Weekly News Roundup 11/23/14
Move Your Body
It probably comes as no surprise that one of my favorite undergraduate courses was comparative vertebrate morphology. In particular I loved the fanciful (though also sometimes eerily accurate) idea that ontogeny recapitulates phylogeny. The idea that we carry within us the fishy memory of gills, the lateral undulation of salamanders or the wisp of a monkey’s tail. And oh, that hyoid bone, what a fascinating floating remnant! Well, here Leslie Kaminoff explains the phrase and how it relates to the primary and secondary curves of the human spine.
Not all of you are Facebook fans. But if you are, and you like Wildopenheart’s page you’ll see videos like this more often. At least watch to the part where he almost drops back from handstand into a one-leg backbend but then comes back up without touching down. It’s lovely to watch in the same way that it is fun to know that Ellie Greenwood can run 100k in 7 ½ hours. It’s nice to celebrate our fellow humans who are able to so beautifully combine physical talent and effort.
If you have participated in my seasonal cleanses you know I am not a fan of vegetable oil. This article explains how refined vegetable are likely contributing to inflammation, heart disease and cancer.
Another one of my Seasonal Cleanse imperatives – don’t eat after sunset – get’s some affirmative press in this New York Times opinion article.
And finally, even if you haven’t done one of my cleanses you likely know how obsessed I am with the relationship between our inner and outer ecosystems – well this New York Times article makes an important point about human microbiomes – there is no one perfect ecosystem. Just like our global ecosystem, the health of the human population likely relies on diversity, adaptability and ultimately, evolution.
Read this commentary on the Ashtanga Picture Project and replace the words “pose” and “yoga” with the phrase “sitting in a chair” and you’ll understand how problematic this post is. Yoga poses are not divine commandments and they are not configurations immune to the limitations of the human form. That pain and suffering you feel when you externally rotate your hip and internally rotate your knee? That is not all in your head, nor is it caused by your flawed anatomy or lack of spiritual development.
The idea that your body is limited by your ego is not new, though one could equally argue that ego-attachment is a necessary condition of embodiment. The idea of mind-over-matter becomes problematic when it is embedded in the context of a striving, power-hungry yoga world and guided by a confused mashup of Karmic teleology, Blavatskian Theosophy, Jungian psychology and the body-ego detachment of the Yoga Sutras. If you agree that a torn meniscus is primarily an ego problem then you must to be willing to see that belief all the way through to its logical end: homeless, friendless, childless, posessionless and ultimately preferenceless. Which (thankfully) means you won’t care if you can do that pose or not.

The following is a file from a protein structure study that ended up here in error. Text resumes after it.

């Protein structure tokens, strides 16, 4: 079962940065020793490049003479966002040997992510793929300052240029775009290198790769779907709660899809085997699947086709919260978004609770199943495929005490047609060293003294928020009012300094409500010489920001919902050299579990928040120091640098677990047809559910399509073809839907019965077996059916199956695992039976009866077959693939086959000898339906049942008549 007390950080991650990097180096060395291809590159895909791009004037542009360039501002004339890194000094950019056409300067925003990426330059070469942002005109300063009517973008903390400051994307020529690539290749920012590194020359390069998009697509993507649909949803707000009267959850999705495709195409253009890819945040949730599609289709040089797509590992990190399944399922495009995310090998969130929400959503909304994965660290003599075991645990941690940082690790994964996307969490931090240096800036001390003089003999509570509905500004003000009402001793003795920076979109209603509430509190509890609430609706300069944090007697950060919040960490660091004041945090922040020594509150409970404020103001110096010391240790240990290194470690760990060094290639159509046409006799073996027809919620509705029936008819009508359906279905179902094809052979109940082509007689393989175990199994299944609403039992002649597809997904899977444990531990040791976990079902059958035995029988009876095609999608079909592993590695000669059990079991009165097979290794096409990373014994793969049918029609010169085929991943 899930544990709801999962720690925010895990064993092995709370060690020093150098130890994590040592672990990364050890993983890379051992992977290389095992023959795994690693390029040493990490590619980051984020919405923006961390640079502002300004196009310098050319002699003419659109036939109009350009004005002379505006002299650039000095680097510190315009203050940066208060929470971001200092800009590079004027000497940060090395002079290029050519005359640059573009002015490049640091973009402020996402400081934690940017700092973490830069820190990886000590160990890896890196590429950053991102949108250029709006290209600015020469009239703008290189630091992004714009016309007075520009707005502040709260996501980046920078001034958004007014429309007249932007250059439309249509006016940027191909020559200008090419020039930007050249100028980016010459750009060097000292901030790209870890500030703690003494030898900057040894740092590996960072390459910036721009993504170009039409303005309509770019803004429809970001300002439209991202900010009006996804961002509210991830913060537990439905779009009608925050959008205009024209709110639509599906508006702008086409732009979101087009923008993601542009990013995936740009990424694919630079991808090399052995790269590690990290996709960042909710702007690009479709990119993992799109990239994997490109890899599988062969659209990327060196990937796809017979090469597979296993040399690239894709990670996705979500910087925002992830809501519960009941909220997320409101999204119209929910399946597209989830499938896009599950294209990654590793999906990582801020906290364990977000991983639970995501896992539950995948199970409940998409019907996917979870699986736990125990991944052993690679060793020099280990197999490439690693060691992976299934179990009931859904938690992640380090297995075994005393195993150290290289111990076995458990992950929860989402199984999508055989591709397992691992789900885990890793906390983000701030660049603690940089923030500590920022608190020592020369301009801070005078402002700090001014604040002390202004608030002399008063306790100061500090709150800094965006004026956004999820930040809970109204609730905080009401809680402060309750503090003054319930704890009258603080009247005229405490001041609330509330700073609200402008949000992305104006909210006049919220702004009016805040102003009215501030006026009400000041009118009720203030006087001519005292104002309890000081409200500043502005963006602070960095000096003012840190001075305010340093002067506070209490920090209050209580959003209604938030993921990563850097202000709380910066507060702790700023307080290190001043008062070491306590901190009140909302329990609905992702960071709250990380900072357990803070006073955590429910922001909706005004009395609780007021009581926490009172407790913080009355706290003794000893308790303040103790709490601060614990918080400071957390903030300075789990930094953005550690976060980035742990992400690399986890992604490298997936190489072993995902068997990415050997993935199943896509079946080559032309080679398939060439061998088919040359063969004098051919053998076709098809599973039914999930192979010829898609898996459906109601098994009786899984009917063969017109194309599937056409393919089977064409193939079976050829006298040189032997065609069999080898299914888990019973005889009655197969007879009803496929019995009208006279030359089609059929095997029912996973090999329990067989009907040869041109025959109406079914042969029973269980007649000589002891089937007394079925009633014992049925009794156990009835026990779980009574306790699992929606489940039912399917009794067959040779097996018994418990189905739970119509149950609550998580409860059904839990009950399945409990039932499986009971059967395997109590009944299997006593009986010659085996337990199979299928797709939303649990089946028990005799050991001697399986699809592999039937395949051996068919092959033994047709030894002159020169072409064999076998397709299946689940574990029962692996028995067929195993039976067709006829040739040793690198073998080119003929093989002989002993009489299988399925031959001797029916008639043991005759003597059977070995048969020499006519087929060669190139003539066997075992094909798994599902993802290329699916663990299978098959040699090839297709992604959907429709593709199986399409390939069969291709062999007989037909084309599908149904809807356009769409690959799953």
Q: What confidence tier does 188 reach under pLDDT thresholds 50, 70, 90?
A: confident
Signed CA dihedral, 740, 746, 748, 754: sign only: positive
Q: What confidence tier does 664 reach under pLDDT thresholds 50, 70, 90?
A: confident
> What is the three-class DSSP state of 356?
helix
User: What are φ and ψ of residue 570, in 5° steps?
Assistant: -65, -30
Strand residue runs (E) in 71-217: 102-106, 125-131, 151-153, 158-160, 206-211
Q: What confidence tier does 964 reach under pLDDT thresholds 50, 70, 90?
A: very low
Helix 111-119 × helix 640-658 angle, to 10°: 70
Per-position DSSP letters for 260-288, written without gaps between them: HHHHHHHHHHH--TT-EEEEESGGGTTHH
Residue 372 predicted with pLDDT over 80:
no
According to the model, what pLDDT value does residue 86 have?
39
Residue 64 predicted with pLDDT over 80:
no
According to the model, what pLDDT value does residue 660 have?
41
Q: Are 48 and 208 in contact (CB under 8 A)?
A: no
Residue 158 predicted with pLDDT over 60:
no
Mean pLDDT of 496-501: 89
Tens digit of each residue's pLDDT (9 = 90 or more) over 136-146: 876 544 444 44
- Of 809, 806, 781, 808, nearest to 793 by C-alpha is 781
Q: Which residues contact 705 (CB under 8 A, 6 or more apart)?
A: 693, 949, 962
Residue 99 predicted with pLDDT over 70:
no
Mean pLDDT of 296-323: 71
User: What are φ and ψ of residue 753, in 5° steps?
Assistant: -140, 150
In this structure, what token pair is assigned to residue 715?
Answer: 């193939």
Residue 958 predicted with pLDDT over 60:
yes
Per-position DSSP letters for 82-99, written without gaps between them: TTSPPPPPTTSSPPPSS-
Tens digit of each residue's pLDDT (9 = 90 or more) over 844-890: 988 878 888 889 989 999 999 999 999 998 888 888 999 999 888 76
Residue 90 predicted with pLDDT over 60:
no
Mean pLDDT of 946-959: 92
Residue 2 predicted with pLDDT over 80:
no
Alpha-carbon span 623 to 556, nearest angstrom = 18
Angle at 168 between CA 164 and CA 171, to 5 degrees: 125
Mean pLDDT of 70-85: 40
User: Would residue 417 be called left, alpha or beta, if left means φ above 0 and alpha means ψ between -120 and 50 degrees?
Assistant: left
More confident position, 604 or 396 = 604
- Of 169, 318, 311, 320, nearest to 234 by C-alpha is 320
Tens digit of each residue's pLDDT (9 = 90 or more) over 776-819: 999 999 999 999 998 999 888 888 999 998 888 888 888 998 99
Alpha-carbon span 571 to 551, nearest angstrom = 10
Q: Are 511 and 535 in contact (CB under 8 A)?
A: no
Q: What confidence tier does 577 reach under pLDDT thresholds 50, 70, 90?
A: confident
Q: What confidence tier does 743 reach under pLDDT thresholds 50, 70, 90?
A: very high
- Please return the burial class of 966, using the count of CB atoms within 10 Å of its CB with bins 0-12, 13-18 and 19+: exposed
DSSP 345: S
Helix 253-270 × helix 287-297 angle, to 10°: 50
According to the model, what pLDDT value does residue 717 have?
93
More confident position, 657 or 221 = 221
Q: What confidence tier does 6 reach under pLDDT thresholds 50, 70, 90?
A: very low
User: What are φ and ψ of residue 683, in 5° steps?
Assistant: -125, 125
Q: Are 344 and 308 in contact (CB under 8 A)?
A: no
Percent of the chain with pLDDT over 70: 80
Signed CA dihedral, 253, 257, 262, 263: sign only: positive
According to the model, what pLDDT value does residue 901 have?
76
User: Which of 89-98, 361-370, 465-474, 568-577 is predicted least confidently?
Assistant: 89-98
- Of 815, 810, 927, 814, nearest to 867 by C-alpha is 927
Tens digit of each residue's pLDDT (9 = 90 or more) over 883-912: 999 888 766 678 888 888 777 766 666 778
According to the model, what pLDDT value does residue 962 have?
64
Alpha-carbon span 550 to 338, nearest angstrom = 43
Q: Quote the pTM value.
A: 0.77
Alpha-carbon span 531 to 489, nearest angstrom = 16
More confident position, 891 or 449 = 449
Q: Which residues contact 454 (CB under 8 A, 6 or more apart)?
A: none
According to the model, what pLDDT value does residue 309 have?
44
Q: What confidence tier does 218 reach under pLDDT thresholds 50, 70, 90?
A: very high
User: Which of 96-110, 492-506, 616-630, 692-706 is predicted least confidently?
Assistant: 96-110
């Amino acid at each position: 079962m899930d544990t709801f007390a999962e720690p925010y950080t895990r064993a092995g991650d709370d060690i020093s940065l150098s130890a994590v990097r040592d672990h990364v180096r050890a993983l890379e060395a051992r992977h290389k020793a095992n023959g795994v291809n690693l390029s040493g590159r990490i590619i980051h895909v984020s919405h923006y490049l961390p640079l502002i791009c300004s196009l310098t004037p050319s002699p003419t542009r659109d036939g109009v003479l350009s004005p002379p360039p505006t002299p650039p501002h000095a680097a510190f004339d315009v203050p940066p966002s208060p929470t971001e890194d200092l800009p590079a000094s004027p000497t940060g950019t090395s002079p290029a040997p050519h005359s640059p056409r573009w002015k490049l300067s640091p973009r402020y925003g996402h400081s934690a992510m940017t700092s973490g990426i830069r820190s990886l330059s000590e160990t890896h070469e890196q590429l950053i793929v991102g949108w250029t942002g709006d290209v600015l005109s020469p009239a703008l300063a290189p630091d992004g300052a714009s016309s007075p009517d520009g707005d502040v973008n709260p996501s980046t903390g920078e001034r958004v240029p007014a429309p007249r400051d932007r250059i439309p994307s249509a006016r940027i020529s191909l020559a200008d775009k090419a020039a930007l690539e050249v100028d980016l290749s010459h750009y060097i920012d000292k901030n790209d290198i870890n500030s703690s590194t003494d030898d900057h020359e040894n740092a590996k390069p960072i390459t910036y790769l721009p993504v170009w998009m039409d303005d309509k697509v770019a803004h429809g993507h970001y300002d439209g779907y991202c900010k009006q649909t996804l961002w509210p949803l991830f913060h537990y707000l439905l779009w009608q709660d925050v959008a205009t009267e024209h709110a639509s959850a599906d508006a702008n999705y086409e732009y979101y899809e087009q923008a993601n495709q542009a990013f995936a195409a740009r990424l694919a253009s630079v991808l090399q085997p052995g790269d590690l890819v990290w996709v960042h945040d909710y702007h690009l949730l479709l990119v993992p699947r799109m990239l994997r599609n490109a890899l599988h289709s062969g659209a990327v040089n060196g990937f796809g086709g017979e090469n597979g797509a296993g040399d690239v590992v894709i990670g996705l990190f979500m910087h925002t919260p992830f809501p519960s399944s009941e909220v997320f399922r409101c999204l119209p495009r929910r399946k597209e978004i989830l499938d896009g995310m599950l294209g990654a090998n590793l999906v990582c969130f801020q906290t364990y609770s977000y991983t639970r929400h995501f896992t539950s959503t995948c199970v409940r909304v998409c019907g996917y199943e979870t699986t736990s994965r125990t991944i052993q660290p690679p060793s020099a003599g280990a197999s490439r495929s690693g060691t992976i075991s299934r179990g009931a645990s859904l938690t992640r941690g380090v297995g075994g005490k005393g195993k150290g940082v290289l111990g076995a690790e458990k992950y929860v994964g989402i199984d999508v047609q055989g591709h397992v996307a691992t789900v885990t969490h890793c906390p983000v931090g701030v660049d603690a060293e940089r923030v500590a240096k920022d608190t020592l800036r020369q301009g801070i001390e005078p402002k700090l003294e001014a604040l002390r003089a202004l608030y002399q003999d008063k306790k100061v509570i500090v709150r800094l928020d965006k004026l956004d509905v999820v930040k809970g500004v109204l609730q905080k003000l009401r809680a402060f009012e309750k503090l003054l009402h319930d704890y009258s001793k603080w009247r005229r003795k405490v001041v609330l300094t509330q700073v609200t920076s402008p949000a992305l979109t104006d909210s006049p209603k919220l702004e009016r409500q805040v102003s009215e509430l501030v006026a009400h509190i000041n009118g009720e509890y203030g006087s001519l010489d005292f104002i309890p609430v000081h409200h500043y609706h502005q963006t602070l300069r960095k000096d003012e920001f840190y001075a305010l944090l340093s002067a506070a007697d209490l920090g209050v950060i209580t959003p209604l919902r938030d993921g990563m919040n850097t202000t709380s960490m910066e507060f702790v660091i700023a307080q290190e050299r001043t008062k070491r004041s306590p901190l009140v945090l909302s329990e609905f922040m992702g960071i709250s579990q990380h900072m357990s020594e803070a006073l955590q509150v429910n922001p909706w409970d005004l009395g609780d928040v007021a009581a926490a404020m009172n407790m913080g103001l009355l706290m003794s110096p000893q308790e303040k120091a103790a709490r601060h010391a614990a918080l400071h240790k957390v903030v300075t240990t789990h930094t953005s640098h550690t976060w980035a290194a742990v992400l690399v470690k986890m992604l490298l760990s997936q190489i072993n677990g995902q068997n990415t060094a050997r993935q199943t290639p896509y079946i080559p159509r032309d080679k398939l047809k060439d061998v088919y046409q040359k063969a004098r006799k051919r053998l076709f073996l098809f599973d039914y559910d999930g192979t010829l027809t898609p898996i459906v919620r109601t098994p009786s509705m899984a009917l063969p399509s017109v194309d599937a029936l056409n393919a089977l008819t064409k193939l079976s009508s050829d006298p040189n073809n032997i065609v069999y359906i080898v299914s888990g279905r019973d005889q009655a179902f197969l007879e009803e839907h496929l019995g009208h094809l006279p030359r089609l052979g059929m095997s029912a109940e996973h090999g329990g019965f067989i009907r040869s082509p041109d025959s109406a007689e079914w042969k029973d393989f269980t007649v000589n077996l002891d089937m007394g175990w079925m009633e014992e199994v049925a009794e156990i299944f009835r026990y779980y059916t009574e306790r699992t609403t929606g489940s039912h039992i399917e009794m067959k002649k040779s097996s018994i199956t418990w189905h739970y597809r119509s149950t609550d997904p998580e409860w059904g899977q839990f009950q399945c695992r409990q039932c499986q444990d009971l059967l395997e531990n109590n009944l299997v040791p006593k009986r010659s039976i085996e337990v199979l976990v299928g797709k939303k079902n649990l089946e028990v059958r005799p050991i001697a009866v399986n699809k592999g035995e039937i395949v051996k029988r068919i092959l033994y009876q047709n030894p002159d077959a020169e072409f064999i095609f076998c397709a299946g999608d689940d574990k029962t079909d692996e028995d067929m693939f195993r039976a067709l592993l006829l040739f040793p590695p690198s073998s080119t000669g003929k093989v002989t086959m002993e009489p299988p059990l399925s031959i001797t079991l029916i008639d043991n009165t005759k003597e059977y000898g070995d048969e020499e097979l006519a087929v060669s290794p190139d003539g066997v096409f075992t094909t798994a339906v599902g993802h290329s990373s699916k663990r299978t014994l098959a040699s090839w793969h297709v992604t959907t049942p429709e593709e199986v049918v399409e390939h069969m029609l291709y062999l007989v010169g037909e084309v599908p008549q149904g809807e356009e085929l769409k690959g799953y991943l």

Now here’s the thing, I totally understand where this author is coming from. I have gotten significant delight from pushing beyond my preconceived, ego-limited notions of what my body can do. But in all cases, where I felt this joy (or freedom) it was because I was feeling that way throughout. Yes, I might be suffering from extreme fatigue, or even pain, but there is no sense of masochism or worse, spiritual striving in that experience. I am not pushing through to attain a higher level of freedom from what I am feeling in that moment. I am not ignoring pain (knowingly) to achieve some kind of post-race bliss that includes an operating room. That’s the key – as householders that have chosen to live in society, to serve our families and communities and ultimately the world, it does not serve us to surrender to the disintegration of the physical body – as yogis, as athletes, as caregivers, we owe it to this egoic world to remain physically functional.
Also, it’s a sweet promise, but I assure you, whatever freedom you find on the other side of that “dark night of the soul” is fleeting. Last time I checked, most modern yogis, having worked through a dozen or more injuries over the same number of years, are not now floating around in a detached state of blissful samadhi. Of course if they are, they wouldn’t be here on the blogosphere to write about it.
We need to think long and hard about why we choose to push our bodies in any particular way – be it running faster or further, sitting for 10 hours a day, or putting a leg behind our head. These things in and of themselves are not virtuous, nor is the striving. So what are they?
If you are as curious about this as I am, you can help Matthew Remski continue this conversation by helping to fund his new book here.
Natural History Musings
When Jerome and I met I (half) joked that he would need to court me by bringing me blue things. Here’s why.
Picture of the week: